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Rhine River Cruise Mysteries

Plans for a boat ride called Rhine River Cruise in EPCOT Center’s Germany Pavilion were shelved sometime shortly after the park opened in 1982. Few details about the ride have ever surfaced. Let’s dive in and see what we can find.

What we know.

"The future River Ride promises to be as enjoyable as it is informative. An early concept has guests boarding a "cruise boat" for a simulated ride down the Rhine and other rivers, the trip affording a visual impression in miniature of the cultural heritage of Germany's past and highlights of its present. Among the detailed models envision are scenes in the Black Forest, the Oktoberfest, Heidelberg, the industrial Ruhr Valley... the possibilities are limited only by the planners' imaginations." –"Walt Disney's EPCOT Center" by Richard Beard

According to the Walt Disney Company's 1976 annual report, the Rhine River Cruise was to be "... a cruise down Germany's most famous rivers– the Rhine, the Tauber, the Ruhr and the Isar. Detailed miniatures of famous landmarks will also be seen, including one of the Cologne Cathedral."

Other accounts claim that the ride would have also feature the country’s more modern achievements much like Norway’s Maelstrom boat ride includes that country’s more recent industrial efforts. These most likely would have stood in the Ruhr Valley portion of the ride.

How much of the ride was built?

For years I was under the understanding that the show building for the river ride was built. It’s widely mentioned online and in at least one book that the the full show building was built and still stands today.

As it turns out, this is false. Or at least partially false. But how can this be? I’ve walked through the show building a number of times. A piece of the show building, attached to the rest of the pavilion, was built and still stands today. But the majority of the show building was never constructed. You’ll notice on our map above that the load area and the unload area are all that could have fit in the existing building.

It is often pointed out that the large castle-like building behind the clock tower is the Rhine River Cruise show building. The tallest, most prominent castle architecture you see to the left is, however, the Biergarten restaurant building. Shorter castle architecture to the right is the queue/load building.

Claims have been made that trenches were built into the foundation of these parts of the building. If true, they’ve since been filled.

Was the rest of the show building built then torn down? It was not. Let’s look at these EPCOT Center construction photos. We see that the rest of the show building was never built. (Additional World Showcase construction photos here.)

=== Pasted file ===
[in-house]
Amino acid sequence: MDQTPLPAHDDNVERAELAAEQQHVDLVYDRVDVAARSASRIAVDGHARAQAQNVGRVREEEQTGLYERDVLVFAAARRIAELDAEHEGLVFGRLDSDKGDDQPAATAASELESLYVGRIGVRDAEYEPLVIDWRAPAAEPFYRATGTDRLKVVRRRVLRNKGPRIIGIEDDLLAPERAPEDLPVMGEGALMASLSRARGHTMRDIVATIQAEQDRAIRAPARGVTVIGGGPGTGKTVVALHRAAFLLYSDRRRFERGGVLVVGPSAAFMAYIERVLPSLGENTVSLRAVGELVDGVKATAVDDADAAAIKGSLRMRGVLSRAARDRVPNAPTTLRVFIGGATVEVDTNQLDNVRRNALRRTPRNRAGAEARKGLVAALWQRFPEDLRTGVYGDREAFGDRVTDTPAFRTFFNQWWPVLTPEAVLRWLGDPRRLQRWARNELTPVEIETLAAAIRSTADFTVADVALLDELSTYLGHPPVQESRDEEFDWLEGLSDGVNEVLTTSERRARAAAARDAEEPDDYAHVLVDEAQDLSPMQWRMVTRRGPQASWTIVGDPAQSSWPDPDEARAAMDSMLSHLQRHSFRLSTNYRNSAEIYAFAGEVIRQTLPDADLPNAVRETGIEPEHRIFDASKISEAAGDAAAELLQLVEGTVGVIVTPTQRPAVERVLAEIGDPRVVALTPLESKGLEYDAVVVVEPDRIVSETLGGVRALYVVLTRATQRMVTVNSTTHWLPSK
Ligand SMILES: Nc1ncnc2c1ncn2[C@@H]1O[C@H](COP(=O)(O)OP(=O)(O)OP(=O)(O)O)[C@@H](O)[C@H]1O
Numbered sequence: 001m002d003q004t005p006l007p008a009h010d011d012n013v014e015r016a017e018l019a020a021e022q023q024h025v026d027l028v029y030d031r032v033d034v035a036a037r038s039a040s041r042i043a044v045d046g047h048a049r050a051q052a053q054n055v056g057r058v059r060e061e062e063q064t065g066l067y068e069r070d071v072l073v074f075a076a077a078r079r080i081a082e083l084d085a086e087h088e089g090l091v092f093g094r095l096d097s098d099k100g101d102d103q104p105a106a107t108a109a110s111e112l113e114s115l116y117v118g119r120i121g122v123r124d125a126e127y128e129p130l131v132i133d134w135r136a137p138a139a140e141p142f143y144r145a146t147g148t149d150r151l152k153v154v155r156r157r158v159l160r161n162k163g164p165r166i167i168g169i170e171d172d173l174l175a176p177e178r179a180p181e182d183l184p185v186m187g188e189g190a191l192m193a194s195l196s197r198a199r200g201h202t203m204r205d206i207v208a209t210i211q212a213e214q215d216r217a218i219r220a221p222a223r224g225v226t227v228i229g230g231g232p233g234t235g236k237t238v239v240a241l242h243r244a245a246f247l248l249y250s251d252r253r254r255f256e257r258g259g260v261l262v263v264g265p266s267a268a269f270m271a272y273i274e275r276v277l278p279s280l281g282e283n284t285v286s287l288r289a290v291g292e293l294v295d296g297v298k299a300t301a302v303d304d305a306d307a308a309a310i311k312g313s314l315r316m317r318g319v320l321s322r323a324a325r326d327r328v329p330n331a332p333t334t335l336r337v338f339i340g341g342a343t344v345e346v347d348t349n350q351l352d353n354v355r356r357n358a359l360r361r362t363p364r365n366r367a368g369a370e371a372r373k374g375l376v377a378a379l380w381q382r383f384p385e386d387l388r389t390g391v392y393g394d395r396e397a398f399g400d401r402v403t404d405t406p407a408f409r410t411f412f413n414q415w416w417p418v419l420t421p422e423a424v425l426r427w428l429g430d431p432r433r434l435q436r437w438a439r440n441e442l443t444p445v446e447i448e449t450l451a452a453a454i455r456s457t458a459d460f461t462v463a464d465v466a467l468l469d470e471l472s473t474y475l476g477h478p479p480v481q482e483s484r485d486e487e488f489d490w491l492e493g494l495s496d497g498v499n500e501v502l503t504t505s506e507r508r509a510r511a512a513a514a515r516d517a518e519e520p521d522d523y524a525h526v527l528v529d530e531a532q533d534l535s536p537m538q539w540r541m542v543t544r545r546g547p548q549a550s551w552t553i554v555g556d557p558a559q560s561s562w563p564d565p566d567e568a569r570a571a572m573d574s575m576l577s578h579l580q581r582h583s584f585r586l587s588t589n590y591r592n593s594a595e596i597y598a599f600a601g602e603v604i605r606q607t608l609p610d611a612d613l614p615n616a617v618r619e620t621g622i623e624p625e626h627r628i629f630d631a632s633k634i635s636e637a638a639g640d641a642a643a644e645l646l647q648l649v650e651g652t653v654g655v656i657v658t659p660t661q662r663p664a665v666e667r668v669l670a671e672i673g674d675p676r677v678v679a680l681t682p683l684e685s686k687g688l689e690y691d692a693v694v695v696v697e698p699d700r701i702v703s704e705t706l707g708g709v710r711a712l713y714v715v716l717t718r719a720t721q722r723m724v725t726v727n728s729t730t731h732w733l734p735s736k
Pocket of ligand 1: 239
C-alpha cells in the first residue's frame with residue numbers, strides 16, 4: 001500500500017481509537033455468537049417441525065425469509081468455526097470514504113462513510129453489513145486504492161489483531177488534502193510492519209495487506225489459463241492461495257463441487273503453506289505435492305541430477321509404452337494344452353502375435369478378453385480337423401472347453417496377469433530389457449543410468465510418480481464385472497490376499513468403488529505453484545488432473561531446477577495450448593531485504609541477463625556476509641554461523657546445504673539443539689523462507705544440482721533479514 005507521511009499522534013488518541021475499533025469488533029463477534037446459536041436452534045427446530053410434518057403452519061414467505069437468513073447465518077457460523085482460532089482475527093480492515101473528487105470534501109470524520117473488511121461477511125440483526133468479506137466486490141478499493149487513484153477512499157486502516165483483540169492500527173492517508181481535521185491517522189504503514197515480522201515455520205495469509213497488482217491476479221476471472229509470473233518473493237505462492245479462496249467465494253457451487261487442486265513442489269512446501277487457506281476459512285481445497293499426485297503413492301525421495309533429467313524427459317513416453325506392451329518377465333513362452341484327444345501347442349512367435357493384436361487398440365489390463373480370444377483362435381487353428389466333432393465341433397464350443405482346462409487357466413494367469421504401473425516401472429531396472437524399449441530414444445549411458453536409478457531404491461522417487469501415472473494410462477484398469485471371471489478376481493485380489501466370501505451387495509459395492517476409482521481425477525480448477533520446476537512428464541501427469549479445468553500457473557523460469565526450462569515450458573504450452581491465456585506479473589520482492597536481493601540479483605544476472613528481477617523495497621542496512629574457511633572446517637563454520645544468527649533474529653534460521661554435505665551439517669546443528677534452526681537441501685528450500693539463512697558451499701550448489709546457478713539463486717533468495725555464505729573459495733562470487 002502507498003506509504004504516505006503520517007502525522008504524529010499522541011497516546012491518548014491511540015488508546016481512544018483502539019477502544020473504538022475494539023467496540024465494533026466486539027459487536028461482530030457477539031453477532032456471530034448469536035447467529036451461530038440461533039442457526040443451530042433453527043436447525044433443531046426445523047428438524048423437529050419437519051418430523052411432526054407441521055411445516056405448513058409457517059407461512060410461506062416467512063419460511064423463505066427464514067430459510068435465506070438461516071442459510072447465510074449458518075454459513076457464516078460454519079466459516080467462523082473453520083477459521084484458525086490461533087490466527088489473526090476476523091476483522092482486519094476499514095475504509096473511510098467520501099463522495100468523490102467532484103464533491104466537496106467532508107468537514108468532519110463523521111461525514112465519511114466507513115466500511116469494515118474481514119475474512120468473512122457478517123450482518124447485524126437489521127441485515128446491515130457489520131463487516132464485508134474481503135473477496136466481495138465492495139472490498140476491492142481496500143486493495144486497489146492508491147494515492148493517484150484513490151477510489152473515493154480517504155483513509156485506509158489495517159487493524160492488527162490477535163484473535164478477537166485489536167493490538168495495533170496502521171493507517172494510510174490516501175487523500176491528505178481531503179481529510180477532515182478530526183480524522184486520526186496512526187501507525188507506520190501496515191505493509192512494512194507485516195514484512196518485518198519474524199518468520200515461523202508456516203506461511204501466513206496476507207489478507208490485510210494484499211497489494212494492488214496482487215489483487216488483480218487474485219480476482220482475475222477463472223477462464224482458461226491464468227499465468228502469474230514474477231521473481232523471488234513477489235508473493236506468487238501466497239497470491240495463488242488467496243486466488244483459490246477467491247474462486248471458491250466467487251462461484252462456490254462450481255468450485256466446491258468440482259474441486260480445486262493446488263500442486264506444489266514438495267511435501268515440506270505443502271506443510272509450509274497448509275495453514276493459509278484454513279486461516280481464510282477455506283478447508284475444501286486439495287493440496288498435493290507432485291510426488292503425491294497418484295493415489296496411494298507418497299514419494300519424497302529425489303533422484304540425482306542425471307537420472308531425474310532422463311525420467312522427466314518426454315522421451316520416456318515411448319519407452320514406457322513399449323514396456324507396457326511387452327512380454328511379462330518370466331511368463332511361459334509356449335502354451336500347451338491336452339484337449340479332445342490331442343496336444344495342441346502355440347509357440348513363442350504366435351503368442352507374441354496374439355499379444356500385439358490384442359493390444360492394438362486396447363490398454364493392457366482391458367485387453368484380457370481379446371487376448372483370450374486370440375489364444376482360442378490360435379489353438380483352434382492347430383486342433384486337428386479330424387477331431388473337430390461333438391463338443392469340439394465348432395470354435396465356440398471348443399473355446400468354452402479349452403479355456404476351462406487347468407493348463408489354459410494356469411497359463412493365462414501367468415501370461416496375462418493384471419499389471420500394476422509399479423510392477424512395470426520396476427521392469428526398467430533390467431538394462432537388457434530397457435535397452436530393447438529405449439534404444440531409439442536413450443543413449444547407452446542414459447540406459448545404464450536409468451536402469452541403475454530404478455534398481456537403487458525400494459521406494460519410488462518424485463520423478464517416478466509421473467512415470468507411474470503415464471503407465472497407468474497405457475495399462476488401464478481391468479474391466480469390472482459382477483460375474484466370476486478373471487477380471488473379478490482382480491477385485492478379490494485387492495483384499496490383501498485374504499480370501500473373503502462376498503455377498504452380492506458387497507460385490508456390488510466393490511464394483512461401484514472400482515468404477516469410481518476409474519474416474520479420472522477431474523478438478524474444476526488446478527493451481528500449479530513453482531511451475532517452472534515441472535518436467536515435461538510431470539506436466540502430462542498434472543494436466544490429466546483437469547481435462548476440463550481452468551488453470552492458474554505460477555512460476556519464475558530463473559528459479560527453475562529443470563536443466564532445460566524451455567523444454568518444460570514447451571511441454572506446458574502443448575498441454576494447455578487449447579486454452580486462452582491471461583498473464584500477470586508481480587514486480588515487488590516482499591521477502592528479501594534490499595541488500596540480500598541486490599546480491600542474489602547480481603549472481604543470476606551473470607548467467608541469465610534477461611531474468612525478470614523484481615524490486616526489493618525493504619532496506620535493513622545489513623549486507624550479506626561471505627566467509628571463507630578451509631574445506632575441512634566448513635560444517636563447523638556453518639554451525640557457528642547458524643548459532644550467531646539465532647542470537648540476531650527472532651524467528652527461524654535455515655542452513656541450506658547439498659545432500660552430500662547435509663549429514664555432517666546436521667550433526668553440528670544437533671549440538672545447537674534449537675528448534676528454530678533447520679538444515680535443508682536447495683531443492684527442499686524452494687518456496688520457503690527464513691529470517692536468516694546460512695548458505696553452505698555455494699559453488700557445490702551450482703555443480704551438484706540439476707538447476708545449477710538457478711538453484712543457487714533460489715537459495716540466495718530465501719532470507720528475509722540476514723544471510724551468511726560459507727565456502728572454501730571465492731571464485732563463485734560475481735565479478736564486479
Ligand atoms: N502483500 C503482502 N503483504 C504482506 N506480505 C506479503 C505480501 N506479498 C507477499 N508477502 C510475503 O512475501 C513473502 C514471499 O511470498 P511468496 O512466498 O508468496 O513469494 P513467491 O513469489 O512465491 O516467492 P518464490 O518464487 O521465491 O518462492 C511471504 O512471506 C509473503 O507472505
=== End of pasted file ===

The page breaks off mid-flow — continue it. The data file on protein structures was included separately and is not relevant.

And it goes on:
What remains today?

In the early 80’s large wooden doors stood at what was to be the entrance to the Rhine River Cruise queue. They were later covered with a wall and this mural. 

Photo from fan of the blog, Varsenik Wilson.

Photo from fan of the blog, Todd Shirley.

Photo from fan of the blog, Varsenik Wilson.

I am guessing the doors were removed and the mural went in within the first five years. It could have went in much earlier. The inside of the Germany Pavilion archways tend to show up very dark in old photos and video footage. We know by 1987 (at the latest) the doors were gone and the mural was up. This is based on a souvenir book published in 1987 with a clear view of the mural.

Were the wooden doors placed right where the mural is today? Were there additional doors in the archway? Was the whole foyer area west of the Biergarten entrance blocked off? We see from this early early photo (most likely from a pre-opening preview day) that a wooden door or wall appears. It’s difficult to determine if its under the archway itself or further back against the wall.

My guess: This wooden door/wall was up against the archway. Let’s compare it to the left archway in the same photo It appears that nothing as far back as the back wall would be visible in this photo.

Why would the “wooden door” matter?

It was evidence of the unbuilt attraction visible to guests. Could concept art or some sort of “coming soon” signage have appeared on or near the door? If so, such a sign most likely would have been seen by guests for a very short time. The company stopped mentioning the Rhine River Cruise in1982 at some point. Perhaps before a single guest entered EPCOT Centers’ gates.

Why would a door blocking traffic through the archway be important? Could this foyer area have been designed to incorporate the first Rhine River Cruise scenery? Blueprints don’t indicate a separation between the Rhine River side and Biergarten side of the foyer but could a separation have been planned? A queue/load area like the one in this concept art might require some of the foyer real-estate.

Starboard-facing passengers.

It is my conclusion that passengers aboard the boats were to sit facing out the starboard (right) side of the boats. This is based on the layout of the water flume and what we can see in the above artwork. The water loop does not appear to accommodate show scenery on both sides of the water.

If passengers faced one direction, all show scenes would appear directly in front of the passengers and a dark wall would stand behind them. This increases visibly, show designers ensure that their audience sees what they intend them to see, and space is saved. This is much like the Disneyland Railroad benches facing right, toward the inside of the park.

Here we see a rendering of the load area and a boat much wider than they were planned to really be. Isn't the atmosphere is oh so nice?